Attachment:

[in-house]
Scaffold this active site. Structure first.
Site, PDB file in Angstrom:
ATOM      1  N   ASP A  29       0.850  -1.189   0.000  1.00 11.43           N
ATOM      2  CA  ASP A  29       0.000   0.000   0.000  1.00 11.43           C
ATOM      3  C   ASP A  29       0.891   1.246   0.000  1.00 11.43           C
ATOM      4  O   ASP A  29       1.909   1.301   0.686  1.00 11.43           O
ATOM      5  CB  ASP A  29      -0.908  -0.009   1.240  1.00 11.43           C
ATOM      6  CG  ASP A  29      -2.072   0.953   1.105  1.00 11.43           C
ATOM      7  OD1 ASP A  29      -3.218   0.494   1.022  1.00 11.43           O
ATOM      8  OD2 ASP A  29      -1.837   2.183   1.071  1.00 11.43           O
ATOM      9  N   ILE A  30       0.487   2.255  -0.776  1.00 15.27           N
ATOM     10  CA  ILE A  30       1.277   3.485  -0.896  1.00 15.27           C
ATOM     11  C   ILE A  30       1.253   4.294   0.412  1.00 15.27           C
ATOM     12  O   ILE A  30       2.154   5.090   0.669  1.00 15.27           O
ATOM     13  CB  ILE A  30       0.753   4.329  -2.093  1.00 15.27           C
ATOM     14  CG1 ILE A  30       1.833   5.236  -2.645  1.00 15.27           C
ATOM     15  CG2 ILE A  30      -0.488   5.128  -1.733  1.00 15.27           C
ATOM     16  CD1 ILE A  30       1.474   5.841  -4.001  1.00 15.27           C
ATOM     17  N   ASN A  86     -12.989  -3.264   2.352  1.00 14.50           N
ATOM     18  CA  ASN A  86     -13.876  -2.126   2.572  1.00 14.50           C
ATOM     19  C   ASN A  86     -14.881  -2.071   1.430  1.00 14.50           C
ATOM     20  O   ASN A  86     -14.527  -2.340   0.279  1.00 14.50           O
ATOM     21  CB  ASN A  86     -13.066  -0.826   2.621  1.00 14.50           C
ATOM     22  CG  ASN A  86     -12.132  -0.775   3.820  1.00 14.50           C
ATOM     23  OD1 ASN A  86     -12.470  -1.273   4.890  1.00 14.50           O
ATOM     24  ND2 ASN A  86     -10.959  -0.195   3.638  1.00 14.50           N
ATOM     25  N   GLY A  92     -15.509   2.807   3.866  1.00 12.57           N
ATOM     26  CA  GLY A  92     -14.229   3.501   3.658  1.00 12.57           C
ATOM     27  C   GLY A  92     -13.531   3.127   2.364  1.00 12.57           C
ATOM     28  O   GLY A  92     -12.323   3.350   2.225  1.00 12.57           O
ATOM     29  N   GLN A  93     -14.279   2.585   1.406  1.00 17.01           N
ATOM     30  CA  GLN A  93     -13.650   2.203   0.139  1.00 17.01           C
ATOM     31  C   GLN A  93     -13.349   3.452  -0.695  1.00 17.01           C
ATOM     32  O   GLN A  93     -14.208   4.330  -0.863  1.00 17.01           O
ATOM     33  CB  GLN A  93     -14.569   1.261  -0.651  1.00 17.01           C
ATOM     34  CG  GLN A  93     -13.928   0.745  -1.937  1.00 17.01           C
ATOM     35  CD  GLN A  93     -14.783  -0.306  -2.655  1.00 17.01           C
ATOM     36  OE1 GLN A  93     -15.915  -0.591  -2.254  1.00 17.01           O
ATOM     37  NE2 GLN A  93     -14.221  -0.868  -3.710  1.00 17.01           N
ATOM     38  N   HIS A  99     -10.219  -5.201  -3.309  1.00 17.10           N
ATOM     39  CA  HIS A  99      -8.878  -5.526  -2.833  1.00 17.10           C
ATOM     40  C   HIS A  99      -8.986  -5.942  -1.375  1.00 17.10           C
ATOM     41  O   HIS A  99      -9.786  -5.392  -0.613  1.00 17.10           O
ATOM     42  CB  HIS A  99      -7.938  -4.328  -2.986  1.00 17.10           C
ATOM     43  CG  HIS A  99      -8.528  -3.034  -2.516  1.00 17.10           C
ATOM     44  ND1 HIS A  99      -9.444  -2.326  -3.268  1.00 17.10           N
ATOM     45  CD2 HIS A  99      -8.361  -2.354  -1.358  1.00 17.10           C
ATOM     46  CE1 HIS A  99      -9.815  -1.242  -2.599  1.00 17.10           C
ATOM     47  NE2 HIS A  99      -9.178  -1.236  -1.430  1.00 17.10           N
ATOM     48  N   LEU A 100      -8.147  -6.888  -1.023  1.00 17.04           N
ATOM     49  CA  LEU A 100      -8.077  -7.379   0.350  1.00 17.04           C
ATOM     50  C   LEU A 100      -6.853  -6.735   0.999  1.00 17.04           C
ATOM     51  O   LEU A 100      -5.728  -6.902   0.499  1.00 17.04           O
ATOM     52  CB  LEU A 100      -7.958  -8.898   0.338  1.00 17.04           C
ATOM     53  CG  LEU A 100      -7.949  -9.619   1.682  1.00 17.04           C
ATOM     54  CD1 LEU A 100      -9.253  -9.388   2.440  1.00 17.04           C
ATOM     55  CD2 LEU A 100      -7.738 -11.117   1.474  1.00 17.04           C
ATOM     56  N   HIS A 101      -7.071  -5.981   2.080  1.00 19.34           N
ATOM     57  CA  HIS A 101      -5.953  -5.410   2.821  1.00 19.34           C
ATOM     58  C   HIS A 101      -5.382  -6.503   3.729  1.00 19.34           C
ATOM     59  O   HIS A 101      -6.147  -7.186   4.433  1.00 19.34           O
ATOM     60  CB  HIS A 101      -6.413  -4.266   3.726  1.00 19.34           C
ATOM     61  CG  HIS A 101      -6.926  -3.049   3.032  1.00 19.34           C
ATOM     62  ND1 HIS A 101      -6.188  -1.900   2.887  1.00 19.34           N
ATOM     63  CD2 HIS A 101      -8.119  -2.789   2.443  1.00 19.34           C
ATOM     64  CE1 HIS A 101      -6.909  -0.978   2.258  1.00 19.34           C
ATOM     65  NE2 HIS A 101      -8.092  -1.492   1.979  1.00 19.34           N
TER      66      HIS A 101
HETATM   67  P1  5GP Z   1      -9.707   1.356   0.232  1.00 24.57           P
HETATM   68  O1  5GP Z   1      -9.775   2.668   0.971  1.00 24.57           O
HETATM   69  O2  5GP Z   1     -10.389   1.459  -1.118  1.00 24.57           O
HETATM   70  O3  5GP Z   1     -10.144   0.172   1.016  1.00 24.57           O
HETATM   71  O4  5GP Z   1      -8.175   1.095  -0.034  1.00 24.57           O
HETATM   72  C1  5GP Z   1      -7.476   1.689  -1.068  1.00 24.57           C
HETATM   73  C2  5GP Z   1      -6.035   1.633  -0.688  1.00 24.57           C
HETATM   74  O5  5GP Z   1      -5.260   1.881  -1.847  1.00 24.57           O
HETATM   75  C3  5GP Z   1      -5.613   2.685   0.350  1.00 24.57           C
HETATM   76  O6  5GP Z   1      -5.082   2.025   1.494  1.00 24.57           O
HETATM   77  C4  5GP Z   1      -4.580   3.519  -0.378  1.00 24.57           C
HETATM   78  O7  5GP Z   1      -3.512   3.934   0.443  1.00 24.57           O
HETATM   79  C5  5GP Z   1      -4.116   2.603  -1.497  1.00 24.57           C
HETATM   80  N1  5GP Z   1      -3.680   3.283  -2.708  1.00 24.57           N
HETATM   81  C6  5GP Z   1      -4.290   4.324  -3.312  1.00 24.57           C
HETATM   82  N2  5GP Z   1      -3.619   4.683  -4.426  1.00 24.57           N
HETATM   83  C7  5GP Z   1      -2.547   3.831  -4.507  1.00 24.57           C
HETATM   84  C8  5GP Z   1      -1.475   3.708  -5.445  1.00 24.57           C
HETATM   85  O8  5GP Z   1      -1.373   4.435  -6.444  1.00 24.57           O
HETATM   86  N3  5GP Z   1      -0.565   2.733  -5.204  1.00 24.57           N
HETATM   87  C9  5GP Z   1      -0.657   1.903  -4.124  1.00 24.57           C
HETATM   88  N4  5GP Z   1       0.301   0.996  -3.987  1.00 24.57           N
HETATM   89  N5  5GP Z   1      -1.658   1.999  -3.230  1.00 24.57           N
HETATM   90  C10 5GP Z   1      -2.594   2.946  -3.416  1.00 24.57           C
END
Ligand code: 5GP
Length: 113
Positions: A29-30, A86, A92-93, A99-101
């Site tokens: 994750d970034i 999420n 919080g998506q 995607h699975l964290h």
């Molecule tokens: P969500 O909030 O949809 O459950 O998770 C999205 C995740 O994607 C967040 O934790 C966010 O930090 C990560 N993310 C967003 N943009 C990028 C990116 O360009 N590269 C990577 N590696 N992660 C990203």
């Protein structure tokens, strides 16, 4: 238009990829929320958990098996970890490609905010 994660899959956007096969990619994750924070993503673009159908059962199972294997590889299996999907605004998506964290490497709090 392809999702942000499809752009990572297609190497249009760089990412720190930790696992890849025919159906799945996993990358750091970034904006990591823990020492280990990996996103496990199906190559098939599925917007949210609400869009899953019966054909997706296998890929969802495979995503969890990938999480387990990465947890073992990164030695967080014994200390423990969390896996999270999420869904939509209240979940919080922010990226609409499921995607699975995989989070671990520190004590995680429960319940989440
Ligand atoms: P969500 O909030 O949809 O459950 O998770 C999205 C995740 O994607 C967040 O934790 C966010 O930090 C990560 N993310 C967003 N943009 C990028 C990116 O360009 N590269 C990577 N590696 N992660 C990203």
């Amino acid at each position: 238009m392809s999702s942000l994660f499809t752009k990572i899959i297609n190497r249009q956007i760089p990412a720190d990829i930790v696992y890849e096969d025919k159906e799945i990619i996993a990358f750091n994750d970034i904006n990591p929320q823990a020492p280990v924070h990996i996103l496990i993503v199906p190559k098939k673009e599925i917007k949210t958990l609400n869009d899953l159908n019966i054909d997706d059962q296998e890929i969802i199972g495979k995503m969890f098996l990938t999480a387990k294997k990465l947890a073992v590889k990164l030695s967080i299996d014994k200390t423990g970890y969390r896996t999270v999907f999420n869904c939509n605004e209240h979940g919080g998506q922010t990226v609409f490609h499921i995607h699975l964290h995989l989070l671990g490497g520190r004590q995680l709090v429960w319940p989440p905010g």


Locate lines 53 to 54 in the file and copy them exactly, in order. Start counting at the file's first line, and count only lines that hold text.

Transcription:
ATOM     50  C   LEU A 100      -6.853  -6.735   0.999  1.00 17.04           C
ATOM     51  O   LEU A 100      -5.728  -6.902   0.499  1.00 17.04           O